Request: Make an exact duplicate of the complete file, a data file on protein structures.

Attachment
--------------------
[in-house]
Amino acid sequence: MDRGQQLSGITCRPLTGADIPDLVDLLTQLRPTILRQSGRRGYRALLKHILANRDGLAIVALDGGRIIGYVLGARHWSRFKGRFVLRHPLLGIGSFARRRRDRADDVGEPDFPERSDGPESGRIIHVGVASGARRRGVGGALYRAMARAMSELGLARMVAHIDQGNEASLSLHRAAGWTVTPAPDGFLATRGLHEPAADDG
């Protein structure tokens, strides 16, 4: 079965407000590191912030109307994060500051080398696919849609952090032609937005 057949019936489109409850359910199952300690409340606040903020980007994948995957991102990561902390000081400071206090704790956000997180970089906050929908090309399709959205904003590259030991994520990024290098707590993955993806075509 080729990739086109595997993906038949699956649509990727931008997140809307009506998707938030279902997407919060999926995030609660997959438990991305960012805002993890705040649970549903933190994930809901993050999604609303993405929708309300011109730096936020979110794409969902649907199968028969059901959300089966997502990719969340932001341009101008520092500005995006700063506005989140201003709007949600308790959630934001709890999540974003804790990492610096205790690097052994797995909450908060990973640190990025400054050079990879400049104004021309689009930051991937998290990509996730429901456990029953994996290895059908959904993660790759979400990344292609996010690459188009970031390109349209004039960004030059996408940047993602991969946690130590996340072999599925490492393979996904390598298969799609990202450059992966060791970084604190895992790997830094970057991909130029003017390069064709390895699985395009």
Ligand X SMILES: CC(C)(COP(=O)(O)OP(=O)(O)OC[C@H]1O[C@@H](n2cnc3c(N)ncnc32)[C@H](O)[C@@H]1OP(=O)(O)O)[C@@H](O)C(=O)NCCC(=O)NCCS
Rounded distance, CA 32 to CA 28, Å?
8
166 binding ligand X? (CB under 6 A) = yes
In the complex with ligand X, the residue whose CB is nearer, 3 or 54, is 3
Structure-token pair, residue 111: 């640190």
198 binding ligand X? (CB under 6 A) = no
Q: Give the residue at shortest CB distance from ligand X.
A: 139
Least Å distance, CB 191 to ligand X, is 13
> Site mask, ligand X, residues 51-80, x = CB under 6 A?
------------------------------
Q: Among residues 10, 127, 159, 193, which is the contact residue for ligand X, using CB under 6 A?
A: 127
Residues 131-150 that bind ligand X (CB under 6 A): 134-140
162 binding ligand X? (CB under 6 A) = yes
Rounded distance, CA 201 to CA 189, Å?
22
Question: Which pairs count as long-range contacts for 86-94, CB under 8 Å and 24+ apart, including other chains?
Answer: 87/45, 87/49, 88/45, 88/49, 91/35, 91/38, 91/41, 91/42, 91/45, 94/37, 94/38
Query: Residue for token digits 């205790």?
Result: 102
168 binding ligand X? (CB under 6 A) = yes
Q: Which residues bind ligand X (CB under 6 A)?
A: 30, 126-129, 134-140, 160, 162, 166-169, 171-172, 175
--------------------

[in-house]
Amino acid sequence: MDRGQQLSGITCRPLTGADIPDLVDLLTQLRPTILRQSGRRGYRALLKHILANRDGLAIVALDGGRIIGYVLGARHWSRFKGRFVLRHPLLGIGSFARRRRDRADDVGEPDFPERSDGPESGRIIHVGVASGARRRGVGGALYRAMARAMSELGLARMVAHIDQGNEASLSLHRAAGWTVTPAPDGFLATRGLHEPAADDG
């Protein structure tokens, strides 16, 4: 079965407000590191912030109307994060500051080398696919849609952090032609937005 057949019936489109409850359910199952300690409340606040903020980007994948995957991102990561902390000081400071206090704790956000997180970089906050929908090309399709959205904003590259030991994520990024290098707590993955993806075509 080729990739086109595997993906038949699956649509990727931008997140809307009506998707938030279902997407919060999926995030609660997959438990991305960012805002993890705040649970549903933190994930809901993050999604609303993405929708309300011109730096936020979110794409969902649907199968028969059901959300089966997502990719969340932001341009101008520092500005995006700063506005989140201003709007949600308790959630934001709890999540974003804790990492610096205790690097052994797995909450908060990973640190990025400054050079990879400049104004021309689009930051991937998290990509996730429901456990029953994996290895059908959904993660790759979400990344292609996010690459188009970031390109349209004039960004030059996408940047993602991969946690130590996340072999599925490492393979996904390598298969799609990202450059992966060791970084604190895992790997830094970057991909130029003017390069064709390895699985395009």
Ligand X SMILES: CC(C)(COP(=O)(O)OP(=O)(O)OC[C@H]1O[C@@H](n2cnc3c(N)ncnc32)[C@H](O)[C@@H]1OP(=O)(O)O)[C@@H](O)C(=O)NCCC(=O)NCCS
Rounded distance, CA 32 to CA 28, Å?
8
166 binding ligand X? (CB under 6 A) = yes
In the complex with ligand X, the residue whose CB is nearer, 3 or 54, is 3
Structure-token pair, residue 111: 């640190």
198 binding ligand X? (CB under 6 A) = no
Q: Give the residue at shortest CB distance from ligand X.
A: 139
Least Å distance, CB 191 to ligand X, is 13
> Site mask, ligand X, residues 51-80, x = CB under 6 A?
------------------------------
Q: Among residues 10, 127, 159, 193, which is the contact residue for ligand X, using CB under 6 A?
A: 127
Residues 131-150 that bind ligand X (CB under 6 A): 134-140
162 binding ligand X? (CB under 6 A) = yes
Rounded distance, CA 201 to CA 189, Å?
22
Question: Which pairs count as long-range contacts for 86-94, CB under 8 Å and 24+ apart, including other chains?
Answer: 87/45, 87/49, 88/45, 88/49, 91/35, 91/38, 91/41, 91/42, 91/45, 94/37, 94/38
Query: Residue for token digits 């205790």?
Result: 102
168 binding ligand X? (CB under 6 A) = yes
Q: Which residues bind ligand X (CB under 6 A)?
A: 30, 126-129, 134-140, 160, 162, 166-169, 171-172, 175